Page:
As world markets hold their collective breaths over the crisis in Egypt, the potential for a disruption of the Suez Canal could affect shipping stocks, particularly tanker shares. Tanker shares soared by as much as 10% last Friday. Reports on Monday that a shutdown was less likely than initially thought triggered a reversal of those gains – particularly shares of companies such as Frontline (NYSE: FRO), Overseas Shipholding (NYSE: OSG), North American Tanker (NYSE: NAT) and General Maritime (NYSE: GMR).
Still, there are a couple of reasons why shipping stocks could be, as Dahlman Rose CEO Simon Rose said in an interview on Tuesday: “If you’re looking for a hedge on a crisis, I think that shipping is a very interesting, discounted, way of playing it right now”.
Here’s why: about 1 million barrels of crude oil and refined petroleum products transit the Suez Canal each day, and some 8% of global shipping moves through the choke point. That means even a short-term blockage or temporary closure of the canal can have a significant impact on shipping. Without the ability to travel through the canal, ships would have to travel around South Africa to reach their destinations — adding 6,000 miles and up to 16 days to that journey.
Now, if you’re a company that moves goods through the region by ship, your shipping costs will rise dramatically– and that translates into better earnings for shipping companies. Because of the higher margins on crude and refined products, tanker companies have far more leeway to raise prices than do dry goods shippers.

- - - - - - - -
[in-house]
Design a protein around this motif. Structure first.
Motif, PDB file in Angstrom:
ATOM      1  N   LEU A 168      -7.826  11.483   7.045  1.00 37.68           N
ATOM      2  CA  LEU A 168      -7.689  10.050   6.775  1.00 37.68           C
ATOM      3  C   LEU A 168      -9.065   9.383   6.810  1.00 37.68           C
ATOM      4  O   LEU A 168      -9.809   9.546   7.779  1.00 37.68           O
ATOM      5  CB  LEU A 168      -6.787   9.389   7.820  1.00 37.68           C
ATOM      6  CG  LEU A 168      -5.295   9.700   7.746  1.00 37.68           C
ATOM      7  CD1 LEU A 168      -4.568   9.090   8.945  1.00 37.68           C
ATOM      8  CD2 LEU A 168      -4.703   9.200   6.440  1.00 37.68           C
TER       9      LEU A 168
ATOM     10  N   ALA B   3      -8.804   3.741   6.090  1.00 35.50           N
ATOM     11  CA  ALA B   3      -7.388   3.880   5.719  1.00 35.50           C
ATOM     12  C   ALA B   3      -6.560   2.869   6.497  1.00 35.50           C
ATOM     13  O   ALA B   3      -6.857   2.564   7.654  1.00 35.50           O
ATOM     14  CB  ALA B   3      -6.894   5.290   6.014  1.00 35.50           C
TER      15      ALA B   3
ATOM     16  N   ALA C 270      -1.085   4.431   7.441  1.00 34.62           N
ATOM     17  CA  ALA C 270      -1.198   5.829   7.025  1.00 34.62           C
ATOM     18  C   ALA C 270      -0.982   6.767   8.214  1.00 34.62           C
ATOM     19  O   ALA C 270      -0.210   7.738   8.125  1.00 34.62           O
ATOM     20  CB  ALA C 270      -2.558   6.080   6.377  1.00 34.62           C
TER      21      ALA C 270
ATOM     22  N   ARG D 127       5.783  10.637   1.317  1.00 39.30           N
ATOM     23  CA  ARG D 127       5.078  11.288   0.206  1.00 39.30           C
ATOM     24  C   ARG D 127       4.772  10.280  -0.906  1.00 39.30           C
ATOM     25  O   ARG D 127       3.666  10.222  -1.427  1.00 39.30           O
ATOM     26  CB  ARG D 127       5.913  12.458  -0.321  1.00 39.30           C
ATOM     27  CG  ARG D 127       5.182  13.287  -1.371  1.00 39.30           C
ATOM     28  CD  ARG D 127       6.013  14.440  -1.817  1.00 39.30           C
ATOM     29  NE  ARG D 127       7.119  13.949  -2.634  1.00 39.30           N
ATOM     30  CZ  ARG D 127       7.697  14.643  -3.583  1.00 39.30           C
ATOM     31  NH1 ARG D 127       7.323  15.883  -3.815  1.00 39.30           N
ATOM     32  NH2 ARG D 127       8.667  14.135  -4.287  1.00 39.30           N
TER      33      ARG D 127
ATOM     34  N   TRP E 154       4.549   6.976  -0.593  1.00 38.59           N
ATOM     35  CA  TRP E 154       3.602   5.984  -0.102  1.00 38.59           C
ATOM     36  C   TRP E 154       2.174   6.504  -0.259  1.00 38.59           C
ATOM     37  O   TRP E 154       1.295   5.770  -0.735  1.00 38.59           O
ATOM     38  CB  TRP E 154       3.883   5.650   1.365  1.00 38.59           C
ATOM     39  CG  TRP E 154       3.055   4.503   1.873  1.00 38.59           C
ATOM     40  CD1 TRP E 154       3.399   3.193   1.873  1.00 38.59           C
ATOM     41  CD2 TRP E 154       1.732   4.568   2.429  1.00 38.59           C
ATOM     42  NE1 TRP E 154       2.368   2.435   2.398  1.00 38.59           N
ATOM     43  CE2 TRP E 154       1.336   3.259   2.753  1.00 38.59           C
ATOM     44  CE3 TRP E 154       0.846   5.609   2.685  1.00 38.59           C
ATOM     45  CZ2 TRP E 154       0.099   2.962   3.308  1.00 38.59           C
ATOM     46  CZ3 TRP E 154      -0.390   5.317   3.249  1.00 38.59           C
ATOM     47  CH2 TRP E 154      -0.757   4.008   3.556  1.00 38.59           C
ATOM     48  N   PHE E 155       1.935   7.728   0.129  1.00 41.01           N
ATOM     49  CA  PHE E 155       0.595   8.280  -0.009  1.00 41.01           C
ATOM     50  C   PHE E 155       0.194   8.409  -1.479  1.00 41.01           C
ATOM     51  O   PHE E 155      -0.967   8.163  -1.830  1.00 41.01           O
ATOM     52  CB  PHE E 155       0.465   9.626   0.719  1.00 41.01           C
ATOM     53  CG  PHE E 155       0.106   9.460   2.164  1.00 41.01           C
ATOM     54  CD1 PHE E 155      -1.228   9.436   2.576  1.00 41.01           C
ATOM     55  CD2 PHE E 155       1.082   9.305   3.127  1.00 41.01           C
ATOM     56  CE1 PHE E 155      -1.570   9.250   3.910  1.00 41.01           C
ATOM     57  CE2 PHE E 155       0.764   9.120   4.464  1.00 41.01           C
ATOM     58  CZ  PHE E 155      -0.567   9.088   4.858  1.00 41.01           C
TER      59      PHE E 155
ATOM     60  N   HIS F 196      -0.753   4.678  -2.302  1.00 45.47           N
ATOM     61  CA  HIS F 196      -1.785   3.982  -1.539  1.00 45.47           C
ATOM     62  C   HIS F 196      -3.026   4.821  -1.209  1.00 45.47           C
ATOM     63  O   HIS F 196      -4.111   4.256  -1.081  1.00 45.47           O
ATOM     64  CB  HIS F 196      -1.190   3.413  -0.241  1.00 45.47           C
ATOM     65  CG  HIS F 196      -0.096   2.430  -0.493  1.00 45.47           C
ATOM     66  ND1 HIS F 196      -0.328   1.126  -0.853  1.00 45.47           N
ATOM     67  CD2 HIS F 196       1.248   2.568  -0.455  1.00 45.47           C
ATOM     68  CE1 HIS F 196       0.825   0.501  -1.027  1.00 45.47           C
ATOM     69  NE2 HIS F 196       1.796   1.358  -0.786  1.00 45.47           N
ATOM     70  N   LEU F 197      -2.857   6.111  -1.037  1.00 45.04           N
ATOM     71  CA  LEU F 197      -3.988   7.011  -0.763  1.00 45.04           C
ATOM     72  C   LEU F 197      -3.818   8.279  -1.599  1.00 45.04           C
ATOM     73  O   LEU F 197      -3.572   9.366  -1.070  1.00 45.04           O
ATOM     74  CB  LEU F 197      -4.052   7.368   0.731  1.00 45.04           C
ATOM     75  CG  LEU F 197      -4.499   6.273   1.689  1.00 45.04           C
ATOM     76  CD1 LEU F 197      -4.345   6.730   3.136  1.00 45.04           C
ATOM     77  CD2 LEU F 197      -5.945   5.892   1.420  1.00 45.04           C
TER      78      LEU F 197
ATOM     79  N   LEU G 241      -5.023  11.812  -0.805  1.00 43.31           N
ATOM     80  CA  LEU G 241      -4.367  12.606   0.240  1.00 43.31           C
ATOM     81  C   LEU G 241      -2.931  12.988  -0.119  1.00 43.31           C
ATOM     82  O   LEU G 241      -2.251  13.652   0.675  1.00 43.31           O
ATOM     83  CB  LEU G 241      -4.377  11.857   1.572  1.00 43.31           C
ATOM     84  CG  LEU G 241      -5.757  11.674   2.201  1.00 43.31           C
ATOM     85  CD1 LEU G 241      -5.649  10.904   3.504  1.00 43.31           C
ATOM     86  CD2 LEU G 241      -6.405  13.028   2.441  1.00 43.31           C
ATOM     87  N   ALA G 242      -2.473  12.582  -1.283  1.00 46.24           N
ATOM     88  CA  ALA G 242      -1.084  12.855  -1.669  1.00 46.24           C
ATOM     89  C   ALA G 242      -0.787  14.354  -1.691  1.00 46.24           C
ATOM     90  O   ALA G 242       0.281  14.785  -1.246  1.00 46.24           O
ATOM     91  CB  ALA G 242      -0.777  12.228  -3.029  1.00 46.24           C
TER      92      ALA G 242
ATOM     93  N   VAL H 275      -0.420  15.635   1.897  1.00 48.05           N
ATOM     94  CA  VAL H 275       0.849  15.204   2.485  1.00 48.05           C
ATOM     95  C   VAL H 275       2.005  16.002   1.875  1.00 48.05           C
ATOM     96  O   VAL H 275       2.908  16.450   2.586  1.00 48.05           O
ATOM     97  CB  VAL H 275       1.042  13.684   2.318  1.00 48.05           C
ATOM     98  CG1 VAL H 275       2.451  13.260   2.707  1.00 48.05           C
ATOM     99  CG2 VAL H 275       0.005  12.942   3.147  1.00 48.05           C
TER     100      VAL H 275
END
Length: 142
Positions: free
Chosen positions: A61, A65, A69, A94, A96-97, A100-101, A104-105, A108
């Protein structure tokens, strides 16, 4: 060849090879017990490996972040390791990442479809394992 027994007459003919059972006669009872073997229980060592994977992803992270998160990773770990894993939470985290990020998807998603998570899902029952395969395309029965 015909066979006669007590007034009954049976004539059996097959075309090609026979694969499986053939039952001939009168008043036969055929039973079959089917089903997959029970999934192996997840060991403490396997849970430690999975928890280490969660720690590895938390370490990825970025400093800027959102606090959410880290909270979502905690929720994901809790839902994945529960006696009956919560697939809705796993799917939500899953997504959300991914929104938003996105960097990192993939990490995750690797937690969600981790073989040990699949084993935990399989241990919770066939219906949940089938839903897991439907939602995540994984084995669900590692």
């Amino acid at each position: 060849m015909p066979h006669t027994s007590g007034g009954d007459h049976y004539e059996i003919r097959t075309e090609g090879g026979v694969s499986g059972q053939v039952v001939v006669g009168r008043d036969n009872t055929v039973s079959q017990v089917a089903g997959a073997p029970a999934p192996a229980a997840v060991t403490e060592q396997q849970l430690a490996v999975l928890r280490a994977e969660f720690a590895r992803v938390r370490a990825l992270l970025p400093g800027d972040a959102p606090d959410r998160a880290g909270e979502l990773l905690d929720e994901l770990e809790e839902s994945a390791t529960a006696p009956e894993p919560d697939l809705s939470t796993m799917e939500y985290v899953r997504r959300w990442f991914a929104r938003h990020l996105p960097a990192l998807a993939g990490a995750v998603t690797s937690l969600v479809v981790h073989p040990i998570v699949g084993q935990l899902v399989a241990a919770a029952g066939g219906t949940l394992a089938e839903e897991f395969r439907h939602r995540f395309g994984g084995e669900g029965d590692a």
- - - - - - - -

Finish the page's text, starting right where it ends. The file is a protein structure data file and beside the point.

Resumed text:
That’s one reason why the latter, which includes companies like DryShips (NYSE: DRYS) and Genco Shipping & Trading (NYSE: GNK) never really got the bump that tanker shares experienced in Friday’s frenzy. Also, dry goods shippers have had to contend with other recent problems — Australian floods and lower Chinese commodity shipments– which have battered their bottom lines. Excel Maritime (NYSE: EXM) did better last week, but its 7% jump was largely due to its release of strong fourth quarter earnings.
The last major shutdown of the Suez Canal — which lasted eight years — followed the Six-Day War of 1967. According to a report by Morgan Stanley, freight rates initially increased five-fold and competition between shipbuilders to increase capacity spurred the rise of the supertanker.
While a shutdown of the canal today would certainly have an impact, the Sumed pipeline now offers an alternative that did not exist in 1967. Still, a breakdown of the Russian tanker Tropical Brilliance in November 2004 closed the canal for three days and delayed 135 ships. Many tanker shares jumped 24% in the three weeks following the incident.
Even if the Suez Canal remains open, security issues could disrupt shipping. Tankers and container ships at the Port of Suez have not been able to obtain military escorts. This is a big deal because of the rising threat of piracy, particularly in the Gulf of Aden — nicknamed “Pirate Alley”.
The unrest in Egypt comes at a time when tankers and dry goods shippers are trying to climb out of a recession-fueled shortage of demand combined with enormous excess tanker capacity. As a result of the glut and the recession, tanker companies and dry bulk shippers have seen their rates fall through the cellar over the past three years. But Middle East unrest and uncertainty — while bad news overall — may be just the medicine the sector needs to boost rates and beef up the bottom line.
As of this writing, Susan J. Aluise did not hold a position in any of the stocks named here.